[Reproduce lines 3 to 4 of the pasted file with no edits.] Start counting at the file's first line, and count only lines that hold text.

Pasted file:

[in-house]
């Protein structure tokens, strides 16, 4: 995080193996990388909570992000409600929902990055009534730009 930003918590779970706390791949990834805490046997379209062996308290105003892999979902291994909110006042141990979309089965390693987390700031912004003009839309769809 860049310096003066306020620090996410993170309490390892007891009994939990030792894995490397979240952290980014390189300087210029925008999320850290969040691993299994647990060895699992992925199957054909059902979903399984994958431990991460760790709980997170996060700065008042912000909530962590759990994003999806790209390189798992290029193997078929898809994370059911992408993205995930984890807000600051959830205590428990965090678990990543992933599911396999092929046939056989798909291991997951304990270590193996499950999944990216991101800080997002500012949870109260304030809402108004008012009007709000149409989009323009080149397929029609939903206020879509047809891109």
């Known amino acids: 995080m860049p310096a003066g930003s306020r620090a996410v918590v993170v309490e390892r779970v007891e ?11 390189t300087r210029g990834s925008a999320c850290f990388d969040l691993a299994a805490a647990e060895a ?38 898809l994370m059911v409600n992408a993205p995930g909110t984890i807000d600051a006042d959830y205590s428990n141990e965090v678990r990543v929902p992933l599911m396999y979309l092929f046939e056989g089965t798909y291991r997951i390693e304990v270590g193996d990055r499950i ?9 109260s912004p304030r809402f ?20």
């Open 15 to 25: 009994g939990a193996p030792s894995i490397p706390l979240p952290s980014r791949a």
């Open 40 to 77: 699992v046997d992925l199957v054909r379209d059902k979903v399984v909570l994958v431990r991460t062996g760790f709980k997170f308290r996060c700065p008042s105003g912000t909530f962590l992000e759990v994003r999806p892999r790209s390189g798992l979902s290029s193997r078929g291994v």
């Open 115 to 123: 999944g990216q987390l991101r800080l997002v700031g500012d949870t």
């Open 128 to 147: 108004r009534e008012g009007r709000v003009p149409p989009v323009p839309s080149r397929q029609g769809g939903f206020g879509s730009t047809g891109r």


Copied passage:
């Known amino acids: 995080m860049p310096a003066g930003s306020r620090a996410v918590v993170v309490e390892r779970v007891e ?11 390189t300087r210029g990834s925008a999320c850290f990388d969040l691993a299994a805490a647990e060895a ?38 898809l994370m059911v409600n992408a993205p995930g909110t984890i807000d600051a006042d959830y205590s428990n141990e965090v678990r990543v929902p992933l599911m396999y979309l092929f046939e056989g089965t798909y291991r997951i390693e304990v270590g193996d990055r499950i ?9 109260s912004p304030r809402f ?20």
């Open 15 to 25: 009994g939990a193996p030792s894995i490397p706390l979240p952290s980014r791949a």